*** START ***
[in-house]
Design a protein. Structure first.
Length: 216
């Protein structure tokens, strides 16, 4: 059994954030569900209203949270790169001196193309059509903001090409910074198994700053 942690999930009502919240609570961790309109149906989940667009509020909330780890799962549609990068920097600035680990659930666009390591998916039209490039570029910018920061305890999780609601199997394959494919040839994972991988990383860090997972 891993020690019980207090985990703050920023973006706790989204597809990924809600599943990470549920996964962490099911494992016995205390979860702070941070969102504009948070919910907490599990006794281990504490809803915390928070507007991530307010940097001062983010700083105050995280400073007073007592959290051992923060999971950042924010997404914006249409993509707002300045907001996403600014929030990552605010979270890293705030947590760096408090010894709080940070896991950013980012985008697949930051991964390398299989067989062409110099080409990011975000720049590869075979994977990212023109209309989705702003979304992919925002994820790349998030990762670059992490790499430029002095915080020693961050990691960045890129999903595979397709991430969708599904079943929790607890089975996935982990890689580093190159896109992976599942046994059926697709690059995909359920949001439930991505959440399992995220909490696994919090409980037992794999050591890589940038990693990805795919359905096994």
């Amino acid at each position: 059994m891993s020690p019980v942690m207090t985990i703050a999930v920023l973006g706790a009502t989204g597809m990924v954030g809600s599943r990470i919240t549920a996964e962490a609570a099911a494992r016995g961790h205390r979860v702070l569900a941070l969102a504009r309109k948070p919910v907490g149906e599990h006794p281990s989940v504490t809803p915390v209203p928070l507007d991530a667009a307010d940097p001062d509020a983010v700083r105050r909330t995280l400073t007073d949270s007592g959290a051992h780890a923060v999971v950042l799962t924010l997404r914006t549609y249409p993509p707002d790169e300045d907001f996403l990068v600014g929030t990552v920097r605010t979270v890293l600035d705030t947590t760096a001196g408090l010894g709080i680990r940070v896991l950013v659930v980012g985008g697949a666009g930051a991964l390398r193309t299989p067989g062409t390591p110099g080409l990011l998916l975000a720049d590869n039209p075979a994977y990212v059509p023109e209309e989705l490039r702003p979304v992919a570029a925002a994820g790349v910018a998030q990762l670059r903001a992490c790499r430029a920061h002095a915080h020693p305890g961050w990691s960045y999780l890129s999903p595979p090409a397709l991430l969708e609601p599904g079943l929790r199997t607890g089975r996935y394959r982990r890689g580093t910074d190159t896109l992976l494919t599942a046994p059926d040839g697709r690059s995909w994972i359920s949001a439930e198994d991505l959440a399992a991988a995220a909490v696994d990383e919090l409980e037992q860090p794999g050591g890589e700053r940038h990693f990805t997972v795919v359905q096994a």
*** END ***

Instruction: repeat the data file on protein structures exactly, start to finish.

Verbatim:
[in-house]
Design a protein. Structure first.
Length: 216
């Protein structure tokens, strides 16, 4: 059994954030569900209203949270790169001196193309059509903001090409910074198994700053 942690999930009502919240609570961790309109149906989940667009509020909330780890799962549609990068920097600035680990659930666009390591998916039209490039570029910018920061305890999780609601199997394959494919040839994972991988990383860090997972 891993020690019980207090985990703050920023973006706790989204597809990924809600599943990470549920996964962490099911494992016995205390979860702070941070969102504009948070919910907490599990006794281990504490809803915390928070507007991530307010940097001062983010700083105050995280400073007073007592959290051992923060999971950042924010997404914006249409993509707002300045907001996403600014929030990552605010979270890293705030947590760096408090010894709080940070896991950013980012985008697949930051991964390398299989067989062409110099080409990011975000720049590869075979994977990212023109209309989705702003979304992919925002994820790349998030990762670059992490790499430029002095915080020693961050990691960045890129999903595979397709991430969708599904079943929790607890089975996935982990890689580093190159896109992976599942046994059926697709690059995909359920949001439930991505959440399992995220909490696994919090409980037992794999050591890589940038990693990805795919359905096994």
């Amino acid at each position: 059994m891993s020690p019980v942690m207090t985990i703050a999930v920023l973006g706790a009502t989204g597809m990924v954030g809600s599943r990470i919240t549920a996964e962490a609570a099911a494992r016995g961790h205390r979860v702070l569900a941070l969102a504009r309109k948070p919910v907490g149906e599990h006794p281990s989940v504490t809803p915390v209203p928070l507007d991530a667009a307010d940097p001062d509020a983010v700083r105050r909330t995280l400073t007073d949270s007592g959290a051992h780890a923060v999971v950042l799962t924010l997404r914006t549609y249409p993509p707002d790169e300045d907001f996403l990068v600014g929030t990552v920097r605010t979270v890293l600035d705030t947590t760096a001196g408090l010894g709080i680990r940070v896991l950013v659930v980012g985008g697949a666009g930051a991964l390398r193309t299989p067989g062409t390591p110099g080409l990011l998916l975000a720049d590869n039209p075979a994977y990212v059509p023109e209309e989705l490039r702003p979304v992919a570029a925002a994820g790349v910018a998030q990762l670059r903001a992490c790499r430029a920061h002095a915080h020693p305890g961050w990691s960045y999780l890129s999903p595979p090409a397709l991430l969708e609601p599904g079943l929790r199997t607890g089975r996935y394959r982990r890689g580093t910074d190159t896109l992976l494919t599942a046994p059926d040839g697709r690059s995909w994972i359920s949001a439930e198994d991505l959440a399992a991988a995220a909490v696994d990383e919090l409980e037992q860090p794999g050591g890589e700053r940038h990693f990805t997972v795919v359905q096994a």